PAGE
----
This morning I am writing my blog from the luxurious Premier Inn Crew Central. I’m in the area visiting my uncle, who today turns 70. Sadly, I can’t stay for the festivities that will be happening tonight as I have a gig at the d20 Cafe later, and so must be on the 12:37 train to Watford Junction. However, I did get to spend some time yesterday with my family, including my uncle, what was all very lovely.
We were in the town of Sandbatch, and while we wandered around the cobbled square enjoying the local market day I could hear the constant jingle of bells. Either there were auditions for the role of Father Christmas’s reindeer for the local panto happening, or there were Morris dancers about. Interestingly, it was the letter. There was some kind of local dance festival and Morris dancers had descended. There were various different troupes* wandering around all looking very splendid. It was especially lovely to see that there were people doing the traditional dance of other countries as well.
The open entertainment feel got me thinking of my time street performing, more importantly, performing at Covent Garden. To me, growing up in London, performing at Magic Corner is the absolute pinnacle of street entertainment. I remember the first time I went there, stepped up, and tried to gather a crowd. It was a nightmare. I performed maybe four or five times my first day and barely made my travel costs back, let alone lunch. But I persisted and got better. The performer I am today grew out of the work I did on the streets, and it’s good to imagine that I could always go back and make a living doing street magic, though I am very out of practice now.
Though I don’t miss the harsh weather, hostile crowds, and lack of financial certainty, the one thing I do miss is the comradery. It was a real privilege to be a part of the magic that happened there. You are with a group of people who have honed their acts over years of performance. Not only is their magic outstanding, but their crowd skills are second to none. It’s mind boggling to see a person walk into a busy, open air space and without even seeming to try build a crowd around them. With what appeared to be effortless ease my friends are able to control a crowd, defuse angry drunks, and coax laughter and applause from the grouchiest of onlookers. Without their help I wouldn't be a professional magician today.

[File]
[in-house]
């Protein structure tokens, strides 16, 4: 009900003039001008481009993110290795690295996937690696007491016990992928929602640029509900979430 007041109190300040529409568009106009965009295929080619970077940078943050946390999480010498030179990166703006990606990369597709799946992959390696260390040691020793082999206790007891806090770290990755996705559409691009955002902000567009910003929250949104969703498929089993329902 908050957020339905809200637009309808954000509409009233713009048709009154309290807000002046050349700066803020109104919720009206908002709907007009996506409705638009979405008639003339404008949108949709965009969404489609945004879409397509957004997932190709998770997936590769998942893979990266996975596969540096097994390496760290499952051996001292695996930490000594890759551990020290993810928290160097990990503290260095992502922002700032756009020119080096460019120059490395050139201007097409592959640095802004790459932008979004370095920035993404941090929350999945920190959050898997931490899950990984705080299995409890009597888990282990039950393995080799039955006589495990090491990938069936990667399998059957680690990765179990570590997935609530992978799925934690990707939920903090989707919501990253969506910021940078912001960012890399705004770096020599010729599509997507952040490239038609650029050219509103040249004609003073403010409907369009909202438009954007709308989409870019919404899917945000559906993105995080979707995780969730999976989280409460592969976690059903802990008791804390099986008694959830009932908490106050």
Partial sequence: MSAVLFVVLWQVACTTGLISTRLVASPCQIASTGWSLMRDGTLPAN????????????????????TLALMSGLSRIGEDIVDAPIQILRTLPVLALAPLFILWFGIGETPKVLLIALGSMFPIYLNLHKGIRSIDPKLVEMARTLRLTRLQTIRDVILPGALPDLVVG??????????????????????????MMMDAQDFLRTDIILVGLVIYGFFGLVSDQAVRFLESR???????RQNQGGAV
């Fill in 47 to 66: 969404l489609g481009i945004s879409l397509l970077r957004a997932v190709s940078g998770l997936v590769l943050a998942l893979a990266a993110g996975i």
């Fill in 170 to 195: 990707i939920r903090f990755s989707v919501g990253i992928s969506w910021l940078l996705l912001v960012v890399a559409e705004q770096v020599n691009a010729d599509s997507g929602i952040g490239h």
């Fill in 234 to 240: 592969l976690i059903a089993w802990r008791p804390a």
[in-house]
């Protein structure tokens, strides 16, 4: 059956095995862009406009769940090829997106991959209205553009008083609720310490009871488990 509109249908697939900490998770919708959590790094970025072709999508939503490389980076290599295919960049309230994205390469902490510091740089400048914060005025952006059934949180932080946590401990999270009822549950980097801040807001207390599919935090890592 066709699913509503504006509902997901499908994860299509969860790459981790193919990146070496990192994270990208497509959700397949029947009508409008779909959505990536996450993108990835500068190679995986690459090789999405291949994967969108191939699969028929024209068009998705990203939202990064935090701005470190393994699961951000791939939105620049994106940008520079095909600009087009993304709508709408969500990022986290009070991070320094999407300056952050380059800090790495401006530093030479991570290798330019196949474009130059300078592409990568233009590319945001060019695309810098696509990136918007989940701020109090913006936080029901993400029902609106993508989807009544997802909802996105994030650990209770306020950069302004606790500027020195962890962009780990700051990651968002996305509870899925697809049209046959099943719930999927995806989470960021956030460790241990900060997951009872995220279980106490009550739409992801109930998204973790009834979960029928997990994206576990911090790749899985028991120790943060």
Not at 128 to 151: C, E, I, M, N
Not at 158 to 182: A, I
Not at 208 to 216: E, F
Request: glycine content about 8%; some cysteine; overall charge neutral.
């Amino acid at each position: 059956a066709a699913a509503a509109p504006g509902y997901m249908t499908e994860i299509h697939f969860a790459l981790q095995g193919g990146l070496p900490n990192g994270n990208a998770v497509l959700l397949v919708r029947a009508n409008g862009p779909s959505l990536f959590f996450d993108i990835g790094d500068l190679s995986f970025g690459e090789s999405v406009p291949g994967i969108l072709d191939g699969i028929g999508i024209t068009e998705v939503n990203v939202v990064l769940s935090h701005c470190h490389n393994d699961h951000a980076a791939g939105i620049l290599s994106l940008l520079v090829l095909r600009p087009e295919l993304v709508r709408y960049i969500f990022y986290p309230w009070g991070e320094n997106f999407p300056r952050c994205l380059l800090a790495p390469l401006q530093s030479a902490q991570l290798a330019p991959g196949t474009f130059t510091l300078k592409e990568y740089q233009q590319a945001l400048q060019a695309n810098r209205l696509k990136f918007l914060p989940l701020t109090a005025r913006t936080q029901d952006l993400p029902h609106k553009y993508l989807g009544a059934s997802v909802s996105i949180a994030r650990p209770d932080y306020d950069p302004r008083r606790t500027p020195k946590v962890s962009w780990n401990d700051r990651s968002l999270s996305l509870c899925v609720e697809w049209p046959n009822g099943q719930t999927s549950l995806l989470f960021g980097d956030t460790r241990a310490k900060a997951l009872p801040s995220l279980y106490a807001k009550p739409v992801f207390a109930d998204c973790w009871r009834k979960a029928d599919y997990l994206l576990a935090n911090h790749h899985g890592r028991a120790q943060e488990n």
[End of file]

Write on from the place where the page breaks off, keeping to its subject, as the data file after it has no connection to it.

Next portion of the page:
If you are ever in London on a weekend, I urge you to go and see these people perform. Some of the acts really are world class, and each of them works hard at their craft. All they ask is a little bit of your time, a round of applause, and a small financial contribution. It’s this last thing that is the sticking point for many. When I first had to ask at the end of my show for payment – called the ‘hat speech’ – I found it very tough. It felt like begging, which is embarrassing. But that’s not what I was doing. I wasn’t asking for a hand out. I was asking the audience to pay me for the work I had just done. It became easier to ask as I got better, more confident in my skills. When I saw people who had stood and watched me for twenty or twenty five minutes suddenly leave just as I extended my hat it would really irritate me. A street performer doesn’t ask for much. If everyone who watched gave just a couple of pounds it would make life much easier. When you consider that in that part of London you can easily pay £3.95 for a coffee, half an hour of entertainment is easily worth at least that. So again, let me please urge you to go to Covent Garden and see magic where it should be performed. Live, on the streets, bringing it out to the people. It’s been happening there for hundreds of years, and it needs to be there in the future. When I was a little boy I loved seeing the magic happen. As an adult, it really is an honour to be part of that proud tradition. So if you’ve got tickets to see a show, why not head down a little earlier and watch one of the acts? Taking a break from shopping? Get your coffee to take away and enjoy a live performance as you drink. All they ask is a few pounds, and it’s so worth it.
Now, gocheck out Owen's site, or click the video bellow to see one of Sergios amazing performances.
*I assume troupe is the correct word? What is the collective noun for a group of Morris Dancers? A jingle of Morris Dancers? A throwback?